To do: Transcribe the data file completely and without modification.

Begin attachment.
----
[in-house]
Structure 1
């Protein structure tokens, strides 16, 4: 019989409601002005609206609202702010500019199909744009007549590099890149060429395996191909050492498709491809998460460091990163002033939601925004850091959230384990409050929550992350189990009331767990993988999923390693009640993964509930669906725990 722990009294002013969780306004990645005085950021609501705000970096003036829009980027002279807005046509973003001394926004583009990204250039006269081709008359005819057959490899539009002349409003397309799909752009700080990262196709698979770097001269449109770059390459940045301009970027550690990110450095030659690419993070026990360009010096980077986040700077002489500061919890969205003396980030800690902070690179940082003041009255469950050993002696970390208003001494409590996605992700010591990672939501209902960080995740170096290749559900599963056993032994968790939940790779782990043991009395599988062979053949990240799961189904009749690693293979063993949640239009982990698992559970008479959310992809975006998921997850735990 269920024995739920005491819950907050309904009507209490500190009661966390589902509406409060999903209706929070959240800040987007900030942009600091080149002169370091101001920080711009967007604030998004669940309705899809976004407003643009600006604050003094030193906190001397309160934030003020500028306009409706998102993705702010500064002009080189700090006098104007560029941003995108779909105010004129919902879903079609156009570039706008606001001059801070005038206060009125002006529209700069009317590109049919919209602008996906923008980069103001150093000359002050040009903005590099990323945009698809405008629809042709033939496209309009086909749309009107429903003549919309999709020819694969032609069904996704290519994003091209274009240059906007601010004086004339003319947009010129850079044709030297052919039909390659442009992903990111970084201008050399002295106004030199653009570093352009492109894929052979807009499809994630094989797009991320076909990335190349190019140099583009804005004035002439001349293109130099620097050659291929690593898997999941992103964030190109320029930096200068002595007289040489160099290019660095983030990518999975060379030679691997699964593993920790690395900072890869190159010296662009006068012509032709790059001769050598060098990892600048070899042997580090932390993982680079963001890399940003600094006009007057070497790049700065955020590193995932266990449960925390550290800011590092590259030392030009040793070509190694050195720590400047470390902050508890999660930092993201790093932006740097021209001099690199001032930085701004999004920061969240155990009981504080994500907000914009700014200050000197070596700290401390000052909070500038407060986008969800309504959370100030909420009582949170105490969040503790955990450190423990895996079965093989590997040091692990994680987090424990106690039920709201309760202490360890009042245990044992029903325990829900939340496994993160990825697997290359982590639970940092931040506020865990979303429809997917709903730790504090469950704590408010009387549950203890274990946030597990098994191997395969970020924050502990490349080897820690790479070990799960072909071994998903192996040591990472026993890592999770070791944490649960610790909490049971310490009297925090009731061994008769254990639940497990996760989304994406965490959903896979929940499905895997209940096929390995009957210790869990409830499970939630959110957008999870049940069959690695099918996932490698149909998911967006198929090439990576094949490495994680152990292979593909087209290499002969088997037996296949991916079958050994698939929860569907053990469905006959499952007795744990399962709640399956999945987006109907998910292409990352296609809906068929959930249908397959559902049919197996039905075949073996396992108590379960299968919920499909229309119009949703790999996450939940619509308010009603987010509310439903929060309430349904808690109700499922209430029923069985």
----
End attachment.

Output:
[in-house]
Structure 1
């Protein structure tokens, strides 16, 4: 019989409601002005609206609202702010500019199909744009007549590099890149060429395996191909050492498709491809998460460091990163002033939601925004850091959230384990409050929550992350189990009331767990993988999923390693009640993964509930669906725990 722990009294002013969780306004990645005085950021609501705000970096003036829009980027002279807005046509973003001394926004583009990204250039006269081709008359005819057959490899539009002349409003397309799909752009700080990262196709698979770097001269449109770059390459940045301009970027550690990110450095030659690419993070026990360009010096980077986040700077002489500061919890969205003396980030800690902070690179940082003041009255469950050993002696970390208003001494409590996605992700010591990672939501209902960080995740170096290749559900599963056993032994968790939940790779782990043991009395599988062979053949990240799961189904009749690693293979063993949640239009982990698992559970008479959310992809975006998921997850735990 269920024995739920005491819950907050309904009507209490500190009661966390589902509406409060999903209706929070959240800040987007900030942009600091080149002169370091101001920080711009967007604030998004669940309705899809976004407003643009600006604050003094030193906190001397309160934030003020500028306009409706998102993705702010500064002009080189700090006098104007560029941003995108779909105010004129919902879903079609156009570039706008606001001059801070005038206060009125002006529209700069009317590109049919919209602008996906923008980069103001150093000359002050040009903005590099990323945009698809405008629809042709033939496209309009086909749309009107429903003549919309999709020819694969032609069904996704290519994003091209274009240059906007601010004086004339003319947009010129850079044709030297052919039909390659442009992903990111970084201008050399002295106004030199653009570093352009492109894929052979807009499809994630094989797009991320076909990335190349190019140099583009804005004035002439001349293109130099620097050659291929690593898997999941992103964030190109320029930096200068002595007289040489160099290019660095983030990518999975060379030679691997699964593993920790690395900072890869190159010296662009006068012509032709790059001769050598060098990892600048070899042997580090932390993982680079963001890399940003600094006009007057070497790049700065955020590193995932266990449960925390550290800011590092590259030392030009040793070509190694050195720590400047470390902050508890999660930092993201790093932006740097021209001099690199001032930085701004999004920061969240155990009981504080994500907000914009700014200050000197070596700290401390000052909070500038407060986008969800309504959370100030909420009582949170105490969040503790955990450190423990895996079965093989590997040091692990994680987090424990106690039920709201309760202490360890009042245990044992029903325990829900939340496994993160990825697997290359982590639970940092931040506020865990979303429809997917709903730790504090469950704590408010009387549950203890274990946030597990098994191997395969970020924050502990490349080897820690790479070990799960072909071994998903192996040591990472026993890592999770070791944490649960610790909490049971310490009297925090009731061994008769254990639940497990996760989304994406965490959903896979929940499905895997209940096929390995009957210790869990409830499970939630959110957008999870049940069959690695099918996932490698149909998911967006198929090439990576094949490495994680152990292979593909087209290499002969088997037996296949991916079958050994698939929860569907053990469905006959499952007795744990399962709640399956999945987006109907998910292409990352296609809906068929959930249908397959559902049919197996039905075949073996396992108590379960299968919920499909229309119009949703790999996450939940619509308010009603987010509310439903929060309430349904808690109700499922209430029923069985």